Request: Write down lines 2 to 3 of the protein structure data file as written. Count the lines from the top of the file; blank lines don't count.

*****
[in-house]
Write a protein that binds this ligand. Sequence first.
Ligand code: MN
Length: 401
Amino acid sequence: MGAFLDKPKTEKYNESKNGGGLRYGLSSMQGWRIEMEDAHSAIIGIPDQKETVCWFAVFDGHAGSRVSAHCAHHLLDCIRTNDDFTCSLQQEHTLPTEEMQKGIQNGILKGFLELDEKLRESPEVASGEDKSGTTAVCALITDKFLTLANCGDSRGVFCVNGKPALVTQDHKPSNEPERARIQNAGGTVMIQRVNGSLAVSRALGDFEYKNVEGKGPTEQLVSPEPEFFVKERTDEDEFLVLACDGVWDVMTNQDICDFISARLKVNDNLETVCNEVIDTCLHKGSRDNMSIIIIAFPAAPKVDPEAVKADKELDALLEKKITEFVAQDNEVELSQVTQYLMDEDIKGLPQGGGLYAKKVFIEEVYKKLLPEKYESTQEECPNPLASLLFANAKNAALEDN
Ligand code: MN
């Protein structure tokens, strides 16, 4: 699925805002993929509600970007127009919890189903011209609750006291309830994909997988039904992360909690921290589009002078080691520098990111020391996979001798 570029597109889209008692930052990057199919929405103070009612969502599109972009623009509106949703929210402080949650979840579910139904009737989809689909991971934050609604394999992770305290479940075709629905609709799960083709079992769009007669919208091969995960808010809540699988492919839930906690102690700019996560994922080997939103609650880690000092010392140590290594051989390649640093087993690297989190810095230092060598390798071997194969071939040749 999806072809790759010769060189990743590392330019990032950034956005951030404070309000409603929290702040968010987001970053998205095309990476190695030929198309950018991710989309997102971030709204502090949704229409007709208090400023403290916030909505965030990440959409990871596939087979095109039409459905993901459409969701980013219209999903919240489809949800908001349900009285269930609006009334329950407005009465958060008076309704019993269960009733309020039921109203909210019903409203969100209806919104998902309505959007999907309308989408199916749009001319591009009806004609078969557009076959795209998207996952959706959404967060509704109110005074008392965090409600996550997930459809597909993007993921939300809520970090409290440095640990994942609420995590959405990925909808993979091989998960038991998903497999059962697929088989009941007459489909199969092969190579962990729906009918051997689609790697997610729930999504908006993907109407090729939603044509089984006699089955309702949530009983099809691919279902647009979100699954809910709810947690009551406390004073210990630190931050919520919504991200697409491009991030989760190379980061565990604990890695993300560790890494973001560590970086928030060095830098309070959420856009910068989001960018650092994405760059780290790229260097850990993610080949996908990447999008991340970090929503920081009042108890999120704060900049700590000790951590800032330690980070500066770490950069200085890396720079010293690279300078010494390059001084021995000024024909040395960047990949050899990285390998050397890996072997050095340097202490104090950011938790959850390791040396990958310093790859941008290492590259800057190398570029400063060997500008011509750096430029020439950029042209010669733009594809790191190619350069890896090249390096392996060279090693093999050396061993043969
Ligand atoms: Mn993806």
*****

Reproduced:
Write a protein that binds this ligand. Sequence first.
Ligand code: MN